In the center of the Pisan portion of the Valdarno is Calcinaia
, a town that has long been known for artisan activity
and, later on, industrial production. The name derives from that very same artisanal tradition—specifically, ceramic production
and the town’s numerous lime kilns
that were active until the 1960s, when the main vocation of the area took on a heightened level of importance, particularly in the small fraction of Fornacette. Anyone who wants to get a real idea of what the atmosphere was like back in the days of the old-fashioned kilns should check out the Museo della Ceramica
(Ceramic Museum) named after Lodovico Coccapani
which houses the discoveries that emerged during structural renovations of the building. The museum retraces the history of Calcinaia, which was once home to a highly esteemed center for ceramic production.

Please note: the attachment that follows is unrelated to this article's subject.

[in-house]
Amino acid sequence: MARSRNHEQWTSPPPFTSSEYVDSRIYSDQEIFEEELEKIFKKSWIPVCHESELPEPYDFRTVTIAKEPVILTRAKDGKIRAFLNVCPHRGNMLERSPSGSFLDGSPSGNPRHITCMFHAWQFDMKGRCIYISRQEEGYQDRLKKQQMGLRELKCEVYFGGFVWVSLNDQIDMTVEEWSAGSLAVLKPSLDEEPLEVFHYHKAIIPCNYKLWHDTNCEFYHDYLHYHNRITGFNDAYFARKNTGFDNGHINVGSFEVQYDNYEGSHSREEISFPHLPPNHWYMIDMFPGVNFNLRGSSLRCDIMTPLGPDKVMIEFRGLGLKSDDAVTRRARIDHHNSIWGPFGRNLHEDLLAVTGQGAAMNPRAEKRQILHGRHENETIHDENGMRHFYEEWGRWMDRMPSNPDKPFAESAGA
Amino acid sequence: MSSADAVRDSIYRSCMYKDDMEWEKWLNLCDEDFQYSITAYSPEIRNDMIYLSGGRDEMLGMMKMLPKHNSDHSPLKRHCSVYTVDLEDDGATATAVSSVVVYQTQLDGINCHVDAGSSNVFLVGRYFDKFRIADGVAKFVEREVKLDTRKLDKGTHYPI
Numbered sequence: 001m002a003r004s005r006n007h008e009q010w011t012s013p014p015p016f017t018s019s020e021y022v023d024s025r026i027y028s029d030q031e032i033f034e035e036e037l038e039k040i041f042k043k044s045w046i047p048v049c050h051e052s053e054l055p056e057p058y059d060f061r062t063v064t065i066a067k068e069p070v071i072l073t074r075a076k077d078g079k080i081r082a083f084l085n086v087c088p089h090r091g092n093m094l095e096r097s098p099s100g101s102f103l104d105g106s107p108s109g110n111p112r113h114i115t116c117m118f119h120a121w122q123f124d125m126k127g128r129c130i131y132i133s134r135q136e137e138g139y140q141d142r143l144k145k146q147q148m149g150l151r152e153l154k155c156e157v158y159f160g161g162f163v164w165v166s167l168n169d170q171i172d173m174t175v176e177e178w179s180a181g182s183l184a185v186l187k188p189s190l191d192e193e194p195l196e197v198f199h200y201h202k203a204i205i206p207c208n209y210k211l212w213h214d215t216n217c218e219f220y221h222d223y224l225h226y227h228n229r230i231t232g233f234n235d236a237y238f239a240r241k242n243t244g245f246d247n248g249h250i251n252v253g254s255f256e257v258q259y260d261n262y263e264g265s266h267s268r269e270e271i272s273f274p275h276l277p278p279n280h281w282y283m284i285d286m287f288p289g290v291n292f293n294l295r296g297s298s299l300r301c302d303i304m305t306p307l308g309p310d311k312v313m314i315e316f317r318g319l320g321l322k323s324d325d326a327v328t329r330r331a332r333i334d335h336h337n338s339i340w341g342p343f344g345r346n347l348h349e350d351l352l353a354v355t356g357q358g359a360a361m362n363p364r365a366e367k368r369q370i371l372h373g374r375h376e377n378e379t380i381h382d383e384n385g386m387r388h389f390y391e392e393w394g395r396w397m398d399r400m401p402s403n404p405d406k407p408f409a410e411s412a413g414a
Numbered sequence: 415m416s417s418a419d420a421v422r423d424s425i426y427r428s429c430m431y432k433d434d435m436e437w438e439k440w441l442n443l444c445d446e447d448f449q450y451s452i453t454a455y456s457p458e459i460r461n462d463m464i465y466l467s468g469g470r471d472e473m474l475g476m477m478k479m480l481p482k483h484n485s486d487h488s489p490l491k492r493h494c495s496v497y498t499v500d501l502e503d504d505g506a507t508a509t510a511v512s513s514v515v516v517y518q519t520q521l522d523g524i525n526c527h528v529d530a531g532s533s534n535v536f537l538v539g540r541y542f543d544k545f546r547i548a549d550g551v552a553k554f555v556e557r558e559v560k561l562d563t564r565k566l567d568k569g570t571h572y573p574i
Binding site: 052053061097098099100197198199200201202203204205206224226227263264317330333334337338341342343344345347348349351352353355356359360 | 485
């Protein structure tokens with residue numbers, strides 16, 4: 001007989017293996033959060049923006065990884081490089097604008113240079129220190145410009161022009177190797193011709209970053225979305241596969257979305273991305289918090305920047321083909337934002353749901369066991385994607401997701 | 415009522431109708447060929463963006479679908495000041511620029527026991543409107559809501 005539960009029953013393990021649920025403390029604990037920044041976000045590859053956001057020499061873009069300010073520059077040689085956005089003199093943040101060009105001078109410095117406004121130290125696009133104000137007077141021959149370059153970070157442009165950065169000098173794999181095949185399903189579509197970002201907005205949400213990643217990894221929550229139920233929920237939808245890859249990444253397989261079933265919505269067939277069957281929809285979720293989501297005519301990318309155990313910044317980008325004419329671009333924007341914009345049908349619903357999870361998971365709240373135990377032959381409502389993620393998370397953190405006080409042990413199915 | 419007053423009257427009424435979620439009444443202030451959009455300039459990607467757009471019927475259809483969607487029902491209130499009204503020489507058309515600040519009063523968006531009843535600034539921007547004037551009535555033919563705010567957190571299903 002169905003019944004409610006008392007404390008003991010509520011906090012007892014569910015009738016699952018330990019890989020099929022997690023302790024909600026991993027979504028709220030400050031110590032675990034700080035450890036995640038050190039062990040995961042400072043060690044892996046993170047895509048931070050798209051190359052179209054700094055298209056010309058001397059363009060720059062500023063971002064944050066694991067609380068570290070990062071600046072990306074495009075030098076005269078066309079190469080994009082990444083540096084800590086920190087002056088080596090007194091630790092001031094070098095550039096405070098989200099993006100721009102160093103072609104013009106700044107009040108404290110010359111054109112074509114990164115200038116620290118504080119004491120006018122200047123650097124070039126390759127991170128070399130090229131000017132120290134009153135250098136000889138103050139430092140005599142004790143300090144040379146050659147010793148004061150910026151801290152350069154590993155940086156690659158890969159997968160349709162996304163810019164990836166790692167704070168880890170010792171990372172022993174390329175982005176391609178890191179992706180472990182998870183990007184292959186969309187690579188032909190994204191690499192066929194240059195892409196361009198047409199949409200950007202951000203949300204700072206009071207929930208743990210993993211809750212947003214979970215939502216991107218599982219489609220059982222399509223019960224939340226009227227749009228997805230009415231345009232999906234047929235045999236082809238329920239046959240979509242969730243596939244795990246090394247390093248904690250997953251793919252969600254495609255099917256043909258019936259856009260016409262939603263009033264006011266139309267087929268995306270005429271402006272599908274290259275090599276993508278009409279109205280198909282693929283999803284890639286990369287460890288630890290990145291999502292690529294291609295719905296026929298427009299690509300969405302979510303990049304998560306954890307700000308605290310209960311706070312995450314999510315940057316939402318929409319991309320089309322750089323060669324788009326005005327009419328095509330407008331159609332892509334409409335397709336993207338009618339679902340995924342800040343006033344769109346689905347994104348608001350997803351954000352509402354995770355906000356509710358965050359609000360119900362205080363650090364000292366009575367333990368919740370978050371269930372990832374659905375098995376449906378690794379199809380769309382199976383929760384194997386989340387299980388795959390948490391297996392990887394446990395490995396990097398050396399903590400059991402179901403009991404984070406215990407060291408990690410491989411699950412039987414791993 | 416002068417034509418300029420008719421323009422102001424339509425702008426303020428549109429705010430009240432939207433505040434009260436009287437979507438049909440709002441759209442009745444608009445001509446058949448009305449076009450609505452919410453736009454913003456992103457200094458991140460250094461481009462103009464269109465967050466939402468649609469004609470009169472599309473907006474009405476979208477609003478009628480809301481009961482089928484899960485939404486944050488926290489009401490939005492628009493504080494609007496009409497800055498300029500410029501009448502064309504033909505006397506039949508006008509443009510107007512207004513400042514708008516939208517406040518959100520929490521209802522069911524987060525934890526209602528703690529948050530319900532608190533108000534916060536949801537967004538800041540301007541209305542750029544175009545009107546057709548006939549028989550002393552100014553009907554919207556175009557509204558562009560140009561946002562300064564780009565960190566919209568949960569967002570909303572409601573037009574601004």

The territory of Calcinaia has always been an important crossroads behind Pisa. Today it’s still a key point of intersection for auto traffic, but at one time it was for river traffic, too. Specifically, this was a period when the area had an important role controlling the commercial traffic in the Arno basin. A testament to the town’s connection to the river is the Regata Storica sull'Arno (Historic Regatta on the Arno) held in May, in honor of the patron saint Ubaldesca Taccini. The historic districts of La nave, Montecchio and Oltrarno all participate. The competition re-enacts the centuries-old activity of the ferrymen, who transported sand, brick and wood from Calcinaia to the port of Livorno.
Calcinaia’s large Arno bay also makes up one of the most important competition “fields” for national and international fishing for sport. In the surrounding area, on the banks of an artificial lake, you’ll find the Greenlandia playground, ideal for children and families.